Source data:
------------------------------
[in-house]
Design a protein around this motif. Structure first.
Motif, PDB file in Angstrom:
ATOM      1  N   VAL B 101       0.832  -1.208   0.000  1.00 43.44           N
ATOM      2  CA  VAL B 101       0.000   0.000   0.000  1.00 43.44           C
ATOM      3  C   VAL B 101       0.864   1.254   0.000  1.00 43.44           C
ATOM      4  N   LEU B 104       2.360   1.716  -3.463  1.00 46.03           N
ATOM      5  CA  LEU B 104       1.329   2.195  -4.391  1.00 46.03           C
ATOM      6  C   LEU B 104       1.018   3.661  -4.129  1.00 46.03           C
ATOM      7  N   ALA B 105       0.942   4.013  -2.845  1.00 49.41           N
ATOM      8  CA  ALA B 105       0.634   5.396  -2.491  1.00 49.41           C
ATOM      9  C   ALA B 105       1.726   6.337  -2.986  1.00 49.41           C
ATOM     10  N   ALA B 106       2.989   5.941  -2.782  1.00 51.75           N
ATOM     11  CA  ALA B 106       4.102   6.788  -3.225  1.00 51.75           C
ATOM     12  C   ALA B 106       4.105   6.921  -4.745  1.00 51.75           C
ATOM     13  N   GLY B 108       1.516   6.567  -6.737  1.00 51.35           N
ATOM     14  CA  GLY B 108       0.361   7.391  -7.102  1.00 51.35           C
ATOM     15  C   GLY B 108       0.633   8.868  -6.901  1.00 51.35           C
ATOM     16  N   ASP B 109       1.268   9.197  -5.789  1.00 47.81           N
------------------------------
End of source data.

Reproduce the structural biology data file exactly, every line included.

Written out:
[in-house]
Design a protein around this motif. Structure first.
Motif, PDB file in Angstrom:
ATOM      1  N   VAL B 101       0.832  -1.208   0.000  1.00 43.44           N
ATOM      2  CA  VAL B 101       0.000   0.000   0.000  1.00 43.44           C
ATOM      3  C   VAL B 101       0.864   1.254   0.000  1.00 43.44           C
ATOM      4  N   LEU B 104       2.360   1.716  -3.463  1.00 46.03           N
ATOM      5  CA  LEU B 104       1.329   2.195  -4.391  1.00 46.03           C
ATOM      6  C   LEU B 104       1.018   3.661  -4.129  1.00 46.03           C
ATOM      7  N   ALA B 105       0.942   4.013  -2.845  1.00 49.41           N
ATOM      8  CA  ALA B 105       0.634   5.396  -2.491  1.00 49.41           C
ATOM      9  C   ALA B 105       1.726   6.337  -2.986  1.00 49.41           C
ATOM     10  N   ALA B 106       2.989   5.941  -2.782  1.00 51.75           N
ATOM     11  CA  ALA B 106       4.102   6.788  -3.225  1.00 51.75           C
ATOM     12  C   ALA B 106       4.105   6.921  -4.745  1.00 51.75           C
ATOM     13  N   GLY B 108       1.516   6.567  -6.737  1.00 51.35           N
ATOM     14  CA  GLY B 108       0.361   7.391  -7.102  1.00 51.35           C
ATOM     15  C   GLY B 108       0.633   8.868  -6.901  1.00 51.35           C
ATOM     16  N   ASP B 109       1.268   9.197  -5.789  1.00 47.81           N